Authy OneTouch Fixes The Customer Service Phone-Tree
Hate calling Customer Service?
Think about the last time you called a Customer Service agent for your bank, cable or telephone service. Does the process typically go smoothly? Or is it something you dread?
If you’re like most consumers today, calling into customer care is a painful experience. Usually, the need to place a call only occurs when something is wrong (you rarely call into Customer Support to praise them). And the frustration gets amplified by a long, complicated and automated combination of fixed-voice menus—often referred to as a phone-tree—that a caller has to navigate just to speak to an actual person. Then, once you finally get ahold of a human being who can (presumably) help solve your issue, you are asked to answer a series of random questions in order to verify that you’re actually the person on the account.
There’s plenty wrong with this process.
- First, if you’re trying to impersonate an account holder, knowing an email, physical address, or even the last four digits of a social security number isn’t all that hard to figure out.
- Second, the information is random enough information that it often locks out the person who actually has permission and access to the account locked out. For example: What is your favorite food? What is the make of your first car? What is the name of the street where you met your spouse? What is your paternal grandfather’s nickname? Who can remember how you may have answered those questions a decade ago?
- Third, the process of being locked out of an account after already having a problem with your service routinely results in an angry customer, a nightmare call for the agent, and an elongated and costly customer touchpoint for the business.
I know how frustrating this experience can be for customers because it’s personally happened to me countless times.
- I called into Amazon about transferring some ebooks from an account I had years ago to my current Amazon account. I couldn’t do it because I forgot some of the access information I used to secure the account six years ago.
- I once called into Bank of America about replacing a debit card eaten by an ATM. In that case, too, I was denied access because I didn’t recall the 16-digit number on a card I didn’t have anymore.
- Access also denied when I called Comcast to change our cable service but didn’t know the last four digits of my roommate’s social security number when asked.
- Ditto when calling Sprint about ordering a new iPhone, or Chase when my card got declined for “suspicious” activity, or dozens of other frustrating calls that my memory has kicked to the curb.
Conversely, what is super frustrating is that the questions asked by Customer Care agents are rarely secure. In fact, there have been instances in which I’ve spoken to support agents on behalf of my mother, my sister, or a roommate, and have gained access to their accounts simply by knowing enough about them (or by having a piece of their mail).
To top it off, this archaic process often requires already upset customers to hang up, retrieve information from old emails or bills, and call back, only to repeat the process all over again (most likely with a different agent). And since keeping an agent on the line blocks them from attending to other calls and makes the call more costly, many customers request that an agent stays on the line while they look for the odd bit of information that will identify them. Revenge is sweet.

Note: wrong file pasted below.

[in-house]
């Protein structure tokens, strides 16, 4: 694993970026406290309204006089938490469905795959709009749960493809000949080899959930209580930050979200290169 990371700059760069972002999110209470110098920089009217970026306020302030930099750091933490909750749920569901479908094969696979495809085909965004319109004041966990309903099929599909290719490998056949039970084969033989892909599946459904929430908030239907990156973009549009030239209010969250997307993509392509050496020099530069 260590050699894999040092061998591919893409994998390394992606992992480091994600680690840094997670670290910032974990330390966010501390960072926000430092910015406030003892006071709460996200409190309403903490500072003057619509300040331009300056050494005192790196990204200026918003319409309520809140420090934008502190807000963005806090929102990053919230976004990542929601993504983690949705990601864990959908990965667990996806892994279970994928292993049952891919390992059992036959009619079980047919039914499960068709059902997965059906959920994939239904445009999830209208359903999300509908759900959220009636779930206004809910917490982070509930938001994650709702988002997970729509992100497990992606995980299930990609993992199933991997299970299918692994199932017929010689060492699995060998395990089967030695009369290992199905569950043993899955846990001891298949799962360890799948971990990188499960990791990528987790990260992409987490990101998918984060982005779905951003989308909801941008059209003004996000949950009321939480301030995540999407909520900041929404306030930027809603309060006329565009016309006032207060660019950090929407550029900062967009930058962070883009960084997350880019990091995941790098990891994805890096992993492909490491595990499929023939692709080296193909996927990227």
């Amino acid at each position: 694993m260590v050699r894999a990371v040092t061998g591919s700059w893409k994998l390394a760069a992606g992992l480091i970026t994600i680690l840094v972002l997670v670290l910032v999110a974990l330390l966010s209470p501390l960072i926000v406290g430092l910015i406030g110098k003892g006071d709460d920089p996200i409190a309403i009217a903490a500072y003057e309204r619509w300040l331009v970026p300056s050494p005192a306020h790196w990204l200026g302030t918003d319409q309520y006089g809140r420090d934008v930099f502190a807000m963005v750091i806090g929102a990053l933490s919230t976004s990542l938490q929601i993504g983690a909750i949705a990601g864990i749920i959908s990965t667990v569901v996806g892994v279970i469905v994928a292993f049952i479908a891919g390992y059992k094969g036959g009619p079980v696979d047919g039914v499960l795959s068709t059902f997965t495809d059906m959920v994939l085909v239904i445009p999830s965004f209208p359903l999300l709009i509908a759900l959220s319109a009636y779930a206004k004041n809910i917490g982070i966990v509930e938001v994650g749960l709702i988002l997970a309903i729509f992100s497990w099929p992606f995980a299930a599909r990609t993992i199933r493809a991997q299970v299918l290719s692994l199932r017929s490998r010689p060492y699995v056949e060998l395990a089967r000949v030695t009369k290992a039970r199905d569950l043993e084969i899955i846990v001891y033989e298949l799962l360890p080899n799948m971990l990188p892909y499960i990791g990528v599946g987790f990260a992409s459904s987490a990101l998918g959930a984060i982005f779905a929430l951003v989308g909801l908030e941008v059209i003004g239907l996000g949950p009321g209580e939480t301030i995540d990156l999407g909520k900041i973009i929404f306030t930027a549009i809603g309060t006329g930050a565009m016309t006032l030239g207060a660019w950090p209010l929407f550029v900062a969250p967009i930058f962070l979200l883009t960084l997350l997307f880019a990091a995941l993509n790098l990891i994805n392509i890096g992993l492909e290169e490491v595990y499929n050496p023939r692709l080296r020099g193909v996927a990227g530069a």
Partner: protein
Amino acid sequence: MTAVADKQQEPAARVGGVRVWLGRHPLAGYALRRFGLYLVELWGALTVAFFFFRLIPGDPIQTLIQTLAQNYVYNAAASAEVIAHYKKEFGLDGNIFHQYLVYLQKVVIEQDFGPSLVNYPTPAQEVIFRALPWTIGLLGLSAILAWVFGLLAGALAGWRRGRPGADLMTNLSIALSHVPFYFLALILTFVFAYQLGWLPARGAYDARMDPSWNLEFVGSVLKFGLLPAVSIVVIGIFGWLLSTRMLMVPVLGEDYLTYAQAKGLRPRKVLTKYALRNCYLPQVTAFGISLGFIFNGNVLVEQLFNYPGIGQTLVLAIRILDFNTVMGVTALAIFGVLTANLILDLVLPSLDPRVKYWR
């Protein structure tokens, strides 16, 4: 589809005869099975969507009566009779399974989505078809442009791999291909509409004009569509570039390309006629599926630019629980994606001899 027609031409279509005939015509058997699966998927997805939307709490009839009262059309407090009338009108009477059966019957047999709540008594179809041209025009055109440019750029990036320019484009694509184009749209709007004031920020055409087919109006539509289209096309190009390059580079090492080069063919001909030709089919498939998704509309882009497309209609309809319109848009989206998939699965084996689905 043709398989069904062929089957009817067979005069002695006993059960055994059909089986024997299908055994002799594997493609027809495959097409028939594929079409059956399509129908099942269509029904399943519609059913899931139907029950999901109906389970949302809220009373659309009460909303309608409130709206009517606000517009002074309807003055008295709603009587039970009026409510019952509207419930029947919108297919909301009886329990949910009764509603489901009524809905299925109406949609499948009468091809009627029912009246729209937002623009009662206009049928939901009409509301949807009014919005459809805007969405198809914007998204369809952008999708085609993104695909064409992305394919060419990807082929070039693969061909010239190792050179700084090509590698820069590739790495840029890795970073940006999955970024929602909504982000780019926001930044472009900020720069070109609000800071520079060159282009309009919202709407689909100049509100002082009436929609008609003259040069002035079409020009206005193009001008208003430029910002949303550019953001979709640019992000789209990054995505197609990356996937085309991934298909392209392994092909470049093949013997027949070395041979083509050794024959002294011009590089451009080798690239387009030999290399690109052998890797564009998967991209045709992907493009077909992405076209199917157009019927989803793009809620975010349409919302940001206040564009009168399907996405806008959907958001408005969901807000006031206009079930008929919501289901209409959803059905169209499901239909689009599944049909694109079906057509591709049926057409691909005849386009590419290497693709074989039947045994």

I know this because I worked as a customer care agent early in my career. For many customer care agents, this is an issue encountered at least once per shift. And as frustrating as it is for the customer, it’s even more frustrating for the agent on the other end. They want to help; they really do. But they’re usually unable to do so and regularly end up on the receiving end of an angry patron or taking the blame for procedures not under their control.
That’s why I’m so excited about our newest API product for authentication: Authy OneTouch.
Authy OneTouch is amazingly simple. Instead of pin codes, tokens, or security questions, a user of an iOS, Android, or Chrome device receives a push notification reading “Login attempted: Approve or Deny.” In one tap the user can accept or deny that login, or swipe in to see more information about the attempt. Not only it faster and far more frictionless than any previous method, but it’s also more secure, using an RSA key pair that is a point-to-point, private, and encrypted channel, so it’s not vulnerable to phishing, social engineering, or interception of texts, emails, or security questions.
More importantly, it’s easy.
- Imagine a world where when you call into customer support and, after greeting you and looking up your account, the agent simply sends an instant push notification to your phone. That’s it. Your identity has been authenticated.
- Or maybe, you need to call into your electric company on behalf of a roommate who is the account owner, and they send a push notification to them in real time to grant you access.
- Or perhaps you need to access a joint account. Approve or deny push notifications can be sent to all parties involved.
Today, with the advent of software and developer platforms like Twilio, this isn’t a hypothetical idea, it’s a reality that is implemented in just ten lines of code making it’s simple for the user, the call agent, and the developer.
Having been on both sides of the frustrating customer care phone-tree experience, I’m stoked about this solution. That’s why I love working at Twilio. We get to build and bring to market the technology we’ve always dreamed of having ourselves, like Authy OneTouch.
Enjoy and stay secure!